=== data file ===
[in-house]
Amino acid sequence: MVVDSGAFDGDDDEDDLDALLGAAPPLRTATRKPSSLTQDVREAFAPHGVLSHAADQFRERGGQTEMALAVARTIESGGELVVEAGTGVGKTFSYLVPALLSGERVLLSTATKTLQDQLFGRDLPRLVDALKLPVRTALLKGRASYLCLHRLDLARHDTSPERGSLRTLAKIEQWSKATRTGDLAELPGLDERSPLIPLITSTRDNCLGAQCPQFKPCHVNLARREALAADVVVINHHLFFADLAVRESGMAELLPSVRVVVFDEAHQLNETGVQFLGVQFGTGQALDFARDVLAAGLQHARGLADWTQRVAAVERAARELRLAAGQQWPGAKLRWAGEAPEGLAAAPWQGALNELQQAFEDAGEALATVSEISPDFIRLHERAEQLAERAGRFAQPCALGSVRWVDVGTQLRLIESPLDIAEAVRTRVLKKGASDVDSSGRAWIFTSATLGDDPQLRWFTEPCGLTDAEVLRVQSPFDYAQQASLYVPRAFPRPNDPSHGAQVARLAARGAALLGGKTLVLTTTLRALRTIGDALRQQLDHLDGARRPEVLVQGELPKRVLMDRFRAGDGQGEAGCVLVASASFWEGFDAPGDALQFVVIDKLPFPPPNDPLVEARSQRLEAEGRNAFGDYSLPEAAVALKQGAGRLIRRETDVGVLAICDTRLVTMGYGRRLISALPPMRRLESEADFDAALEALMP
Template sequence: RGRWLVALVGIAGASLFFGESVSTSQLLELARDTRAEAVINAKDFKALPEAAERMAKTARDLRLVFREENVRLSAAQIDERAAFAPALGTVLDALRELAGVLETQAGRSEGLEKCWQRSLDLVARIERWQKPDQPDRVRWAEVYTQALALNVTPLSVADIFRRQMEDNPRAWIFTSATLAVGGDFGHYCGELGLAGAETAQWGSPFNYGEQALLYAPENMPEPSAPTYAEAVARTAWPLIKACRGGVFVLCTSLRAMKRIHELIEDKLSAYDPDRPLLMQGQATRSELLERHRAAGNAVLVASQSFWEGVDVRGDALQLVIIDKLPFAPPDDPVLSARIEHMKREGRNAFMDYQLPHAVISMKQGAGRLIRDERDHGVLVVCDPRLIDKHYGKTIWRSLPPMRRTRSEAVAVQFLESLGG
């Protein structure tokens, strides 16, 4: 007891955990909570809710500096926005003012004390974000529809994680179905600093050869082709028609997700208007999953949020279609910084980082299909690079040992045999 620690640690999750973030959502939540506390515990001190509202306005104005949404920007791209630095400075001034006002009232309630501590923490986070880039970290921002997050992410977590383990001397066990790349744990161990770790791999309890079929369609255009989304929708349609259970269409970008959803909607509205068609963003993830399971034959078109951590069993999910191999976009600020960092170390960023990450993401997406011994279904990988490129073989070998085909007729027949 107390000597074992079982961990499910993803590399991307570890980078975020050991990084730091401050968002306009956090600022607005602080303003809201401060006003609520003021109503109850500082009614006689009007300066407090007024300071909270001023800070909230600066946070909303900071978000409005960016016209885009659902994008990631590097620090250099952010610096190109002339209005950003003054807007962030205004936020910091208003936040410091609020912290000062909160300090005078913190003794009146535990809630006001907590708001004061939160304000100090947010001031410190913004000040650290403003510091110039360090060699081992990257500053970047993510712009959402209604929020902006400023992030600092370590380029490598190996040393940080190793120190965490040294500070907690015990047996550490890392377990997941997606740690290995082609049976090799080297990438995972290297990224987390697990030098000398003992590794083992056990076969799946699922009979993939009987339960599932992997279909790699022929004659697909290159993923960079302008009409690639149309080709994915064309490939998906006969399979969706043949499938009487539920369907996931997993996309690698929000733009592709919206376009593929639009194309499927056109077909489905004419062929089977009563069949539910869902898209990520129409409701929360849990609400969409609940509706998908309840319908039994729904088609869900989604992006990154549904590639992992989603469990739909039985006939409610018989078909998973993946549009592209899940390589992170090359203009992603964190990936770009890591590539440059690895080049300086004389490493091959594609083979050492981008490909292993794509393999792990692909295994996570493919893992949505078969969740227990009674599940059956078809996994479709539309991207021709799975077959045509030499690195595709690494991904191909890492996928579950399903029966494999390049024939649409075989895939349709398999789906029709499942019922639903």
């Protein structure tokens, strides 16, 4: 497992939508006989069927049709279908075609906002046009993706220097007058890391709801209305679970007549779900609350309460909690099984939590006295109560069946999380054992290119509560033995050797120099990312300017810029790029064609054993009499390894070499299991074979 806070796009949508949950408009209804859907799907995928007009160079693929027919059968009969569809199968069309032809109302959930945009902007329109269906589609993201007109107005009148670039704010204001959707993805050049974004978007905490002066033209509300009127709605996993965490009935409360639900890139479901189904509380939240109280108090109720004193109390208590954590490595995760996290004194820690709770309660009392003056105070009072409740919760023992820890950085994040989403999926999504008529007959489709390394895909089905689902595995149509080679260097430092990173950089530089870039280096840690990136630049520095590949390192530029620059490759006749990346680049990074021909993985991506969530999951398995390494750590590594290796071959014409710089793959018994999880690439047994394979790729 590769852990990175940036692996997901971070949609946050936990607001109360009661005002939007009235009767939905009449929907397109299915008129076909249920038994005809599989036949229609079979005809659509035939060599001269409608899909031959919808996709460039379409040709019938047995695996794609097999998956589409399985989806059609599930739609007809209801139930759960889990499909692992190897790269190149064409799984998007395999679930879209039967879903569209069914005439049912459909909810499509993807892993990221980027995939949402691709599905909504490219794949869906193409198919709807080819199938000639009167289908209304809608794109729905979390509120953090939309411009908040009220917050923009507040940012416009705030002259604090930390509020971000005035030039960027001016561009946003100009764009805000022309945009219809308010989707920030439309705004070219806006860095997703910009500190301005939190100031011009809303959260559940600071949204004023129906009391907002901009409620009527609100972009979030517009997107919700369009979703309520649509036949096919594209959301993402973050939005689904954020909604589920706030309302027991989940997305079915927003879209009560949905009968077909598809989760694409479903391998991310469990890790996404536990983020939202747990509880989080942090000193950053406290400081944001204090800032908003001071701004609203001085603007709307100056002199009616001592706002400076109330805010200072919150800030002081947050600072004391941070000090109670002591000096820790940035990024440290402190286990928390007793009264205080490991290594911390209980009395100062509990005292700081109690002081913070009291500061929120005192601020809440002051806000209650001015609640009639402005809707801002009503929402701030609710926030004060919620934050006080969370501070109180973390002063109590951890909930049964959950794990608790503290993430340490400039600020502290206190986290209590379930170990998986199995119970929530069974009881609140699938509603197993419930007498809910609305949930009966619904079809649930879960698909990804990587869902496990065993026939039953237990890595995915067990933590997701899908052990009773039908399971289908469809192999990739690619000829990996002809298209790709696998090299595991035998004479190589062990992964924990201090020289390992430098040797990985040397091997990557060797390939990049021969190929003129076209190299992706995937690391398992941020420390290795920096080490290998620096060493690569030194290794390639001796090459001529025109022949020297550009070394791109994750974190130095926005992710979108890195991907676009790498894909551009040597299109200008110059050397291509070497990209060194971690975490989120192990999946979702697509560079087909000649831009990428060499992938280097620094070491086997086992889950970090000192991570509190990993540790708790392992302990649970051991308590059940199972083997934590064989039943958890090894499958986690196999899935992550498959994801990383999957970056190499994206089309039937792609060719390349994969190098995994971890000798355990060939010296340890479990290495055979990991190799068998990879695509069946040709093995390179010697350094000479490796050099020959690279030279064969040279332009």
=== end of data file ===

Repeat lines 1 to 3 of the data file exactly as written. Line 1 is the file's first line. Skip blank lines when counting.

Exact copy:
[in-house]
Amino acid sequence: MVVDSGAFDGDDDEDDLDALLGAAPPLRTATRKPSSLTQDVREAFAPHGVLSHAADQFRERGGQTEMALAVARTIESGGELVVEAGTGVGKTFSYLVPALLSGERVLLSTATKTLQDQLFGRDLPRLVDALKLPVRTALLKGRASYLCLHRLDLARHDTSPERGSLRTLAKIEQWSKATRTGDLAELPGLDERSPLIPLITSTRDNCLGAQCPQFKPCHVNLARREALAADVVVINHHLFFADLAVRESGMAELLPSVRVVVFDEAHQLNETGVQFLGVQFGTGQALDFARDVLAAGLQHARGLADWTQRVAAVERAARELRLAAGQQWPGAKLRWAGEAPEGLAAAPWQGALNELQQAFEDAGEALATVSEISPDFIRLHERAEQLAERAGRFAQPCALGSVRWVDVGTQLRLIESPLDIAEAVRTRVLKKGASDVDSSGRAWIFTSATLGDDPQLRWFTEPCGLTDAEVLRVQSPFDYAQQASLYVPRAFPRPNDPSHGAQVARLAARGAALLGGKTLVLTTTLRALRTIGDALRQQLDHLDGARRPEVLVQGELPKRVLMDRFRAGDGQGEAGCVLVASASFWEGFDAPGDALQFVVIDKLPFPPPNDPLVEARSQRLEAEGRNAFGDYSLPEAAVALKQGAGRLIRRETDVGVLAICDTRLVTMGYGRRLISALPPMRRLESEADFDAALEALMP
Template sequence: RGRWLVALVGIAGASLFFGESVSTSQLLELARDTRAEAVINAKDFKALPEAAERMAKTARDLRLVFREENVRLSAAQIDERAAFAPALGTVLDALRELAGVLETQAGRSEGLEKCWQRSLDLVARIERWQKPDQPDRVRWAEVYTQALALNVTPLSVADIFRRQMEDNPRAWIFTSATLAVGGDFGHYCGELGLAGAETAQWGSPFNYGEQALLYAPENMPEPSAPTYAEAVARTAWPLIKACRGGVFVLCTSLRAMKRIHELIEDKLSAYDPDRPLLMQGQATRSELLERHRAAGNAVLVASQSFWEGVDVRGDALQLVIIDKLPFAPPDDPVLSARIEHMKREGRNAFMDYQLPHAVISMKQGAGRLIRDERDHGVLVVCDPRLIDKHYGKTIWRSLPPMRRTRSEAVAVQFLESLGG